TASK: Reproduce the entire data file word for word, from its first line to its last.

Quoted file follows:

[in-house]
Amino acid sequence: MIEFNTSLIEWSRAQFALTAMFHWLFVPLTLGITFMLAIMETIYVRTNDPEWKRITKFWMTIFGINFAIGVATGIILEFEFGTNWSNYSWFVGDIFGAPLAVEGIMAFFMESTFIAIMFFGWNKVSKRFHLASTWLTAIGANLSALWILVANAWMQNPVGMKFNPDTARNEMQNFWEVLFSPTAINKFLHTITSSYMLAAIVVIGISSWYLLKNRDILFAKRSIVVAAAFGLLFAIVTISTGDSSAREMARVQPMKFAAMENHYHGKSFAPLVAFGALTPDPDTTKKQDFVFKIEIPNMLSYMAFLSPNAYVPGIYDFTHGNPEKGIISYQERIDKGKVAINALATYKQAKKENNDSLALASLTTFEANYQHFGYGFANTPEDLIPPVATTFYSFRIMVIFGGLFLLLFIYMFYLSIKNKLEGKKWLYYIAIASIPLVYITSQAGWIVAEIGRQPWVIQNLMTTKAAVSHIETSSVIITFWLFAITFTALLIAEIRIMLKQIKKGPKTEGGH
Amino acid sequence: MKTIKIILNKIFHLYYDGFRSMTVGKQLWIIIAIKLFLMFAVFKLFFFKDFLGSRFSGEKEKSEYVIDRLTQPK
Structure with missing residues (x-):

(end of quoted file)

[in-house]
Amino acid sequence: MIEFNTSLIEWSRAQFALTAMFHWLFVPLTLGITFMLAIMETIYVRTNDPEWKRITKFWMTIFGINFAIGVATGIILEFEFGTNWSNYSWFVGDIFGAPLAVEGIMAFFMESTFIAIMFFGWNKVSKRFHLASTWLTAIGANLSALWILVANAWMQNPVGMKFNPDTARNEMQNFWEVLFSPTAINKFLHTITSSYMLAAIVVIGISSWYLLKNRDILFAKRSIVVAAAFGLLFAIVTISTGDSSAREMARVQPMKFAAMENHYHGKSFAPLVAFGALTPDPDTTKKQDFVFKIEIPNMLSYMAFLSPNAYVPGIYDFTHGNPEKGIISYQERIDKGKVAINALATYKQAKKENNDSLALASLTTFEANYQHFGYGFANTPEDLIPPVATTFYSFRIMVIFGGLFLLLFIYMFYLSIKNKLEGKKWLYYIAIASIPLVYITSQAGWIVAEIGRQPWVIQNLMTTKAAVSHIETSSVIITFWLFAITFTALLIAEIRIMLKQIKKGPKTEGGH
Amino acid sequence: MKTIKIILNKIFHLYYDGFRSMTVGKQLWIIIAIKLFLMFAVFKLFFFKDFLGSRFSGEKEKSEYVIDRLTQPK
Structure with missing residues (x-):